Attend the workshop ‘Script feedback’ and make sure you have a first draft of your script finished to bring along to the session.
Before drawing the artwork for the comic we draw the storyboard
Reflect on the feedback you received from the workshop ‘Script Feedback’. Write a second draft of your comic script using the feedback you received.
Now you need to make a storyboard for your script. The aim of the storyboard is to get a sense of how the comic will look and feel to read. At this stage your team might still decide to change the way a panel looks or is laid out so it’s better not to put too much work into drawing the images of the storyboard. Draw out each panel in a very simple style. You can use stickmen for people and don’t worry too much about drawing backgrounds or details unless they are important for the story.
Include speech bubbles and text boxes in your panels. What you are aiming to have by the end is a very minimalist comic that anyone could pick up and read and still understand.
Here are some examples of storyboards used in comics and films:
Watch this video if you want to level up your stickman drawings
Test it out again!
This time we will test your comics with a focus group of community members, parents and whānau. Attend the workshop ‘Focus group feedback’ to receive your feedback.
After this workshop you will write a third draft of your script using the feedback you received.
Attend the workshop ‘Focus Group Feedback’ and make sure you have a finished storyboard to present to the focus group.
Work together to produce an exhibition piece in the form of a comic
There's a whole bunch of art tips and tricks you can use
Improving your art is a never-ending journey! Often the more time you put into it the better it gets, whether this means practicing and watching videos or spending a lot of hours on one picture. Take your time and keep at it and you’ll surprise yourself with what you create!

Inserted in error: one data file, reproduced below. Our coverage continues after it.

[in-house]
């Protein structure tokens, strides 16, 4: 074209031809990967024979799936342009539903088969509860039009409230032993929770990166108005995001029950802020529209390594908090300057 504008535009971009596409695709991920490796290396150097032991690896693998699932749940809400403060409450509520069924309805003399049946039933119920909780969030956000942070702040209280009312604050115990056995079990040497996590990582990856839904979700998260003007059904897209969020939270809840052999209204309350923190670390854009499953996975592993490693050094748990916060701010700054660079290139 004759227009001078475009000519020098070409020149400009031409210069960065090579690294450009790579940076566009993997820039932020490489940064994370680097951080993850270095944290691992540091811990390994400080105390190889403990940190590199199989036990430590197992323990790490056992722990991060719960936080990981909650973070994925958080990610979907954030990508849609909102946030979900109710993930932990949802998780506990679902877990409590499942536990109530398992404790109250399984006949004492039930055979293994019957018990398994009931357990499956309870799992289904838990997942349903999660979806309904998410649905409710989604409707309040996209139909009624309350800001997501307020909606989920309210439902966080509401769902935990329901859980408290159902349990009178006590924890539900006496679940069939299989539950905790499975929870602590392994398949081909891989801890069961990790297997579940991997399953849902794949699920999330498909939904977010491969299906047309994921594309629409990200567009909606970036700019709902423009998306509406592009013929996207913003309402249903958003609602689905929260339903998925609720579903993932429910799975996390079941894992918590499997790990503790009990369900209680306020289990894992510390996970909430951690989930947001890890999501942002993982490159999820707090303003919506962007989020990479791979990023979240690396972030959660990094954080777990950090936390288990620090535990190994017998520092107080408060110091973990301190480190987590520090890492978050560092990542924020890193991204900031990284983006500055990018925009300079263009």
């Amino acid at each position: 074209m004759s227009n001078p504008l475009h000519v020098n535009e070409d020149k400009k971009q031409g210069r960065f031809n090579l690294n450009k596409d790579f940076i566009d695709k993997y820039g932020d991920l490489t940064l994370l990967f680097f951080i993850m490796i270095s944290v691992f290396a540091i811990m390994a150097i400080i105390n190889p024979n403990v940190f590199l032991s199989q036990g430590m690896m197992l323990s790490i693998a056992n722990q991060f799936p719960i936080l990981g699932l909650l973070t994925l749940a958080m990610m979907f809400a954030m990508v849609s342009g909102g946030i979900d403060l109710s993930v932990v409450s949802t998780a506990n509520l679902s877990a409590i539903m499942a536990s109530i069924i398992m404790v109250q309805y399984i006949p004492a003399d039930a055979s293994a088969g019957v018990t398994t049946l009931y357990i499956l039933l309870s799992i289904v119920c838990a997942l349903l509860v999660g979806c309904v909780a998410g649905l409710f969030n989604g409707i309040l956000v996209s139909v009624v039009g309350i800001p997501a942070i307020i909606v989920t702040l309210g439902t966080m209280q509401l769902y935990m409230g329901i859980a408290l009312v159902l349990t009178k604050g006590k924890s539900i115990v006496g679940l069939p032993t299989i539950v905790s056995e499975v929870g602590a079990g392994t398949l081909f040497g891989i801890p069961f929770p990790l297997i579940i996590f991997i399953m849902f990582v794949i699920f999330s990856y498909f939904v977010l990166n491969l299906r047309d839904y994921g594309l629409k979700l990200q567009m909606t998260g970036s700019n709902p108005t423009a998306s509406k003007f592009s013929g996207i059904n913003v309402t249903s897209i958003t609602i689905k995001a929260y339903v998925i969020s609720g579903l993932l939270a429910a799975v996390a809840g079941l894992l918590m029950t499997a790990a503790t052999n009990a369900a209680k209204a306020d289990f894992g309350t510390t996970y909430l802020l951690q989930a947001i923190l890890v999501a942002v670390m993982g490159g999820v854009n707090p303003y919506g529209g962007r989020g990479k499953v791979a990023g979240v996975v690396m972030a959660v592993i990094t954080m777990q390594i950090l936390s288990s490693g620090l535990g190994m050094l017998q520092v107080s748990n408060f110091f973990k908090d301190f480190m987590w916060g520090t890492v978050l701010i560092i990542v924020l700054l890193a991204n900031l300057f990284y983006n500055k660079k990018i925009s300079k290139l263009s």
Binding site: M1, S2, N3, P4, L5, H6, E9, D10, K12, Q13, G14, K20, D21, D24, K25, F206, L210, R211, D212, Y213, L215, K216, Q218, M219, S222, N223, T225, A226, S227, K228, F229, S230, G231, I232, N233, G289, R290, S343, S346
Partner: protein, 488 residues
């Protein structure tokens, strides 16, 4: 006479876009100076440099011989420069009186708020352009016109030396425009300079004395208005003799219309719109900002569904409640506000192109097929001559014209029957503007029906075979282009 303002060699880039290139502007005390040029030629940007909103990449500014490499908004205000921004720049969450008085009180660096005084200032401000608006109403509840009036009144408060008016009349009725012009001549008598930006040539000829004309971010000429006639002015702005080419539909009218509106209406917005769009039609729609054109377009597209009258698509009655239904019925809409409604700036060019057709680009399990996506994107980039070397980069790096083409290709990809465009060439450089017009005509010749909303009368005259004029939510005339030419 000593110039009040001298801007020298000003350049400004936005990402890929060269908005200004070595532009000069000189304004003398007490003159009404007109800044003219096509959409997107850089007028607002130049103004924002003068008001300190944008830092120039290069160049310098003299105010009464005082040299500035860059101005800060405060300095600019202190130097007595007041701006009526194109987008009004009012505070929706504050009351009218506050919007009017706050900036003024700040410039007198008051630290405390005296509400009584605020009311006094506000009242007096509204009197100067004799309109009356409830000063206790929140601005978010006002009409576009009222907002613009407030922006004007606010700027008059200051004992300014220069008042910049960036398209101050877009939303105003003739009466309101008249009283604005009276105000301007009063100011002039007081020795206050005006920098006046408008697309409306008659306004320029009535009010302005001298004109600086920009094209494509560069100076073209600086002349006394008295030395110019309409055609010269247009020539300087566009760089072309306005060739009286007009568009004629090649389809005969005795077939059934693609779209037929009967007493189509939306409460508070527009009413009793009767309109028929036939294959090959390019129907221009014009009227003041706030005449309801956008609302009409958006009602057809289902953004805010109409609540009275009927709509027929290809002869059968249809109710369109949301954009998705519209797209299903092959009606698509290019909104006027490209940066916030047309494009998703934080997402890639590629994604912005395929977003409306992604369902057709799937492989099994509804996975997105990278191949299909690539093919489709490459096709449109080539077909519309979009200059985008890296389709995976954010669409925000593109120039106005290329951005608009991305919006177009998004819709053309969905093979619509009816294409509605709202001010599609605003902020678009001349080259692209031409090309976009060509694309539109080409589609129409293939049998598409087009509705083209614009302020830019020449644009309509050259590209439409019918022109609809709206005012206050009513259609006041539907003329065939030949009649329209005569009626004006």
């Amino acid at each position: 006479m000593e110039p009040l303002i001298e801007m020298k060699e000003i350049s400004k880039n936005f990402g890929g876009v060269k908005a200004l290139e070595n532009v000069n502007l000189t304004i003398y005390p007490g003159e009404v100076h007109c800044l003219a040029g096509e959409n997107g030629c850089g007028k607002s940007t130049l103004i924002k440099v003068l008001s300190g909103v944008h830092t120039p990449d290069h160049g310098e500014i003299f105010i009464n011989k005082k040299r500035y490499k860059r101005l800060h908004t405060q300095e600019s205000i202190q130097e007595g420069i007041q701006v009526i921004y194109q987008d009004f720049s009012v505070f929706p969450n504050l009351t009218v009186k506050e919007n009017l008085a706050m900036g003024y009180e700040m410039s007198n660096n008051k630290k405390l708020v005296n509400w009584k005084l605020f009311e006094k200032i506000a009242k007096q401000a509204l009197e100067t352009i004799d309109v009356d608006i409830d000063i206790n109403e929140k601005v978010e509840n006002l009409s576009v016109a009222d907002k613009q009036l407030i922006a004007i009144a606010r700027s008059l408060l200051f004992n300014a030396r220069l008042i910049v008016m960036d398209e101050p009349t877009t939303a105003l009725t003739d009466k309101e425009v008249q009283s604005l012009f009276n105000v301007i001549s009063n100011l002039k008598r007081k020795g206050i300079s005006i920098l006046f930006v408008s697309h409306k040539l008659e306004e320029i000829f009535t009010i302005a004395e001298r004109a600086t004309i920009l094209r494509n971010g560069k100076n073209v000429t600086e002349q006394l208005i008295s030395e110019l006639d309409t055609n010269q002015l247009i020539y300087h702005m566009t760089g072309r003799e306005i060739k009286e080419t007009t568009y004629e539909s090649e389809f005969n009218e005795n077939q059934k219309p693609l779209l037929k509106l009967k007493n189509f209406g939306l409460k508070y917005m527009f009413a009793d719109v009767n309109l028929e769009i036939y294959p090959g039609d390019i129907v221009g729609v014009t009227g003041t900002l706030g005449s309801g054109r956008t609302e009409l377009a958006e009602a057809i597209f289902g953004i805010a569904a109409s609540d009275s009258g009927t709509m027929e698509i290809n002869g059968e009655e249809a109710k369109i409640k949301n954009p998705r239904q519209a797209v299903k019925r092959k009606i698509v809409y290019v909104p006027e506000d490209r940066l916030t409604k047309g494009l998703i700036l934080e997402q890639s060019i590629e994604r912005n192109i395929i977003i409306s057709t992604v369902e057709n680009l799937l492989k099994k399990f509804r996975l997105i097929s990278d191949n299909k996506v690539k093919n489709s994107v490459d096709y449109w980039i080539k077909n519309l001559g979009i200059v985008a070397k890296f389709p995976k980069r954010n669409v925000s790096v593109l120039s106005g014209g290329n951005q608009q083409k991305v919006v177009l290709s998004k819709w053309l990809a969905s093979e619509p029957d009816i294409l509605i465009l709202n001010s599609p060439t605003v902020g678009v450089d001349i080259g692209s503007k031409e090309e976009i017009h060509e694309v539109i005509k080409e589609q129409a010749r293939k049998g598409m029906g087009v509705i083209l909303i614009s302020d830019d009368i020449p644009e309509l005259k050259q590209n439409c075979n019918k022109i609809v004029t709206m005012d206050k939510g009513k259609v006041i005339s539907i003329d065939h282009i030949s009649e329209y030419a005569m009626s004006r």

Watch the videos below to learn about the different core art skills for comics. Use these skills when you draw your final comic, you can work with whatever form you like- paper and pencils, photographs, digital art, paint and more. Once you’ve chosen your style, stick to it to keep your comic looking the same throughout. This makes it easier for the reader to engage with the story.
Start here if you havn't done much drawing or feel new to it
Start here if you feel comfortable with the basics of drawing
Here are some tips about using colour in creating your main character, even if they are not a superhero or a supervillain. When choosing a colour palette, choosing the colours for your character is a good place to start!
Using a computer program that works with images is a great way to put all the images onto one A3 page
Now we need to get your comic to a stage where we can show it to the public.
To do this we need to make sure all the panels are readable and that all the work is on one A3 page. If you need help putting your comic together onto one page using printing or formatting computer programs, then ask me or another teacher. We are here to help!
We then need to mount the work and frame it and create exhibition labels that will tell the reader more about your comic and the work you put into making it. Attend the workshop ‘Exhibition prep’ to prepare your comic for the exhibition. You will need to bring your finished comic, formatted onto a A3 page, either as a physical copy or as a digital file we can print out.
Your exhibition labels need to include the following information:
- The title of your comic
- The names of everyone in your team
- A statement about what your comic is about and the underlying messages and assumptions you want to portray through your comic
We show the comics to the public and then ask them about their experience
Soon your comics will be in an exhibition in your local community. They will also be in a second exhibition at the art gallery Studio One Toi Tū in Ponsonby at the end of August.
You are invited and encouraged to attend the launch nights for each of these exhibitions (the dates will be given to you when they are confirmed). This is an opportunity to see your work making real impact in the world and to pat yourselves on the back for all the hard work you have done! Bring your whanau and friends to the launch night, there will be free drinks and snacks available.
To measure the impact of your comic, you need to conduct a survey with people who have read your comic at the exhibition. To do this your team must create a questionnaire. Your team must get a minimum of 5 surveys, which means you will need to ask 5 people at the exhibition to fill out the questionnaire. Take a photo of each filled-in questionnaire and upload it to the Google drive.